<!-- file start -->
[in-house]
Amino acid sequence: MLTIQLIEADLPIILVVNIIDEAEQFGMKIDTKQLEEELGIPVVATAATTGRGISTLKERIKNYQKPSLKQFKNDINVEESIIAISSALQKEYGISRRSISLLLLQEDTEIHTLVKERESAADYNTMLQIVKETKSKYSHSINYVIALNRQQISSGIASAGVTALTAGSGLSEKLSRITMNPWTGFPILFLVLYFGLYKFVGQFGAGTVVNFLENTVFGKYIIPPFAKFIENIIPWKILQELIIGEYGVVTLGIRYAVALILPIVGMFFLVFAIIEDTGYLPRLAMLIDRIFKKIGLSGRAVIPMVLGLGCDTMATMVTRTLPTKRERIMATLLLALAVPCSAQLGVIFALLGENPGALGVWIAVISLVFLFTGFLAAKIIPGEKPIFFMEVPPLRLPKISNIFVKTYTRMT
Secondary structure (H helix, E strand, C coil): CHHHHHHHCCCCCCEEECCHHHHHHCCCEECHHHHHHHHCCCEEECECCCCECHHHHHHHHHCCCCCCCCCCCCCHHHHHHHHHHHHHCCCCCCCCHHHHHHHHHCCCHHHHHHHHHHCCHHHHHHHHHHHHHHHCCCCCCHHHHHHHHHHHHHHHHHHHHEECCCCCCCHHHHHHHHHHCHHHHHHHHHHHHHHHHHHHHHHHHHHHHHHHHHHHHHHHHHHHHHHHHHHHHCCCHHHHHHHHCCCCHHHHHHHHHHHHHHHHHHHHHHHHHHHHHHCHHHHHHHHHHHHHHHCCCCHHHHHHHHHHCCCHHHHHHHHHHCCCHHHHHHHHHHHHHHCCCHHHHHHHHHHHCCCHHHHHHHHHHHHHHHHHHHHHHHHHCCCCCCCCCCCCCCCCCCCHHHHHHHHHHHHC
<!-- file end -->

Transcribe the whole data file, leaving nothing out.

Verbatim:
[in-house]
Amino acid sequence: MLTIQLIEADLPIILVVNIIDEAEQFGMKIDTKQLEEELGIPVVATAATTGRGISTLKERIKNYQKPSLKQFKNDINVEESIIAISSALQKEYGISRRSISLLLLQEDTEIHTLVKERESAADYNTMLQIVKETKSKYSHSINYVIALNRQQISSGIASAGVTALTAGSGLSEKLSRITMNPWTGFPILFLVLYFGLYKFVGQFGAGTVVNFLENTVFGKYIIPPFAKFIENIIPWKILQELIIGEYGVVTLGIRYAVALILPIVGMFFLVFAIIEDTGYLPRLAMLIDRIFKKIGLSGRAVIPMVLGLGCDTMATMVTRTLPTKRERIMATLLLALAVPCSAQLGVIFALLGENPGALGVWIAVISLVFLFTGFLAAKIIPGEKPIFFMEVPPLRLPKISNIFVKTYTRMT
Secondary structure (H helix, E strand, C coil): CHHHHHHHCCCCCCEEECCHHHHHHCCCEECHHHHHHHHCCCEEECECCCCECHHHHHHHHHCCCCCCCCCCCCCHHHHHHHHHHHHHCCCCCCCCHHHHHHHHHCCCHHHHHHHHHHCCHHHHHHHHHHHHHHHCCCCCCHHHHHHHHHHHHHHHHHHHHEECCCCCCCHHHHHHHHHHCHHHHHHHHHHHHHHHHHHHHHHHHHHHHHHHHHHHHHHHHHHHHHHHHHHHHCCCHHHHHHHHCCCCHHHHHHHHHHHHHHHHHHHHHHHHHHHHHHCHHHHHHHHHHHHHHHCCCCHHHHHHHHHHCCCHHHHHHHHHHCCCHHHHHHHHHHHHHHCCCHHHHHHHHHHHCCCHHHHHHHHHHHHHHHHHHHHHHHHHCCCCCCCCCCCCCCCCCCCHHHHHHHHHHHHC